A healthy diet is central to health for people of all ages. For the individuals and families that Heartland Alliance Health serves, however, nutrition is most often beyond their reach. With little income, no place to call home and limited access to nutritious foods, our participants struggle to get enough to eat, let alone obtain the healthy foods that will help them improve their health.
Heartland Alliance Health and the Vital Bridges food program are committed to securing high-quality foods and providing participants with the knowledge to best support their health. Download the required intake documents here.
The food and nutrition program offers the following services to support improved nutrition.
Food Distribution and Meals
For low-income people living with HIV/AIDS throughout the Chicago metropolitan area, HAH offers options for them to access nutritious food through the Vital Bridges program:
- There are three grocery centers in the the Edgewater, Englewood and Garfield Park communities in the city. Eligible participants can shop weekly, selecting nutritious food equal to 10 meals per week from a menu of fresh and non-perishable options.
Each year, HAH provides nutritious food for more than 400,000 meals per year for low-income people living with HIV.
For participants in our residential programs, meals are prepared on-site and served in a community setting. Under the guidance of a Registered Dietitian, staff members and participants work together to plan and prepare the meals, ordering food on a weekly basis.
Nutrition Counseling and Education Services
HAH has a team of four Registered Dietitians who provide nutrition education and counseling across the organization to our diverse populations. The dietitian team offers individual and group services with a focus on helping people develop healthy eating habits and build nutritious diets. Services include:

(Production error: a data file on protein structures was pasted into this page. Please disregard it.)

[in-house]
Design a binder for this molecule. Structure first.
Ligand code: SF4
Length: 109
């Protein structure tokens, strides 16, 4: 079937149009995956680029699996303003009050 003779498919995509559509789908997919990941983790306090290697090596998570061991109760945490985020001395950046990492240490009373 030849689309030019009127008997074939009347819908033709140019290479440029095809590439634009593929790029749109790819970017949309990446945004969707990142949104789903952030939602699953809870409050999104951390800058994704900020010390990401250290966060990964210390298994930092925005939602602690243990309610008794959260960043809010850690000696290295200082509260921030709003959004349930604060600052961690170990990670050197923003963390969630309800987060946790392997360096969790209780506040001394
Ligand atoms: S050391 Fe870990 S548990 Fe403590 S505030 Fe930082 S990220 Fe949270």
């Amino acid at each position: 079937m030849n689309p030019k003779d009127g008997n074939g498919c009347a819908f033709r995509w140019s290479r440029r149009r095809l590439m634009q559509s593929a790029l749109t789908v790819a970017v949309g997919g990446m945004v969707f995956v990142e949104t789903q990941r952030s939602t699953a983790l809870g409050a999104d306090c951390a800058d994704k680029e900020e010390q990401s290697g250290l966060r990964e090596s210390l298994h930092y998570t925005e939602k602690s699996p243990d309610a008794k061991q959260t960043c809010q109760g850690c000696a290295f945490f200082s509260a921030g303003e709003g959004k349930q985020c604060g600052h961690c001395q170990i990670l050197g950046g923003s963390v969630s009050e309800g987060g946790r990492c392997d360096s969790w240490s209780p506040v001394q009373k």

- For people living with HIV, individual and group education and counseling sessions are available at each of the grocery centers every week. These sessions include cooking demonstrations and workshops presented by the dietitians.
- For participants in the health center, individual nutrition counseling is available when referred by a provider to address specific health concerns, like hypertension or diabetes.
- For participants in the residential programs, individual counseling and group education are available to teach cooking skills, increase physical activity with walking groups, and plan healthy meals.
Each year, the dietitians provide nearly 1,500 nutrition education and counseling sessions to more than 800 participants.
Download the required intake documents here.
FOOD PROGRAM HOURS (must qualify):
North Side Pantry
Tuesdays: noon – 6:00 pm
Thursdays: noon – 3:00 pm; 5:00 pm – 7:00 pm
Saturdays: 11:00 am to 2:00 pm
West Side Pantry
Tuesdays: 10:00 am – 1:00 pm; 2:00 pm – 4:00 pm
Fridays: 10:00 am – 1:00 pm; 2:00 pm – 4:00 pm
Saturdays – 10:00 am – 1:00 pm
South Side Pantry
Thursdays: 11:00 am – 2:00 pm; 3:30 pm – 5:00 pm
Fridays: 11:00 am – 2:00 pm
Saturdays: 11:00 am – 2:00 pm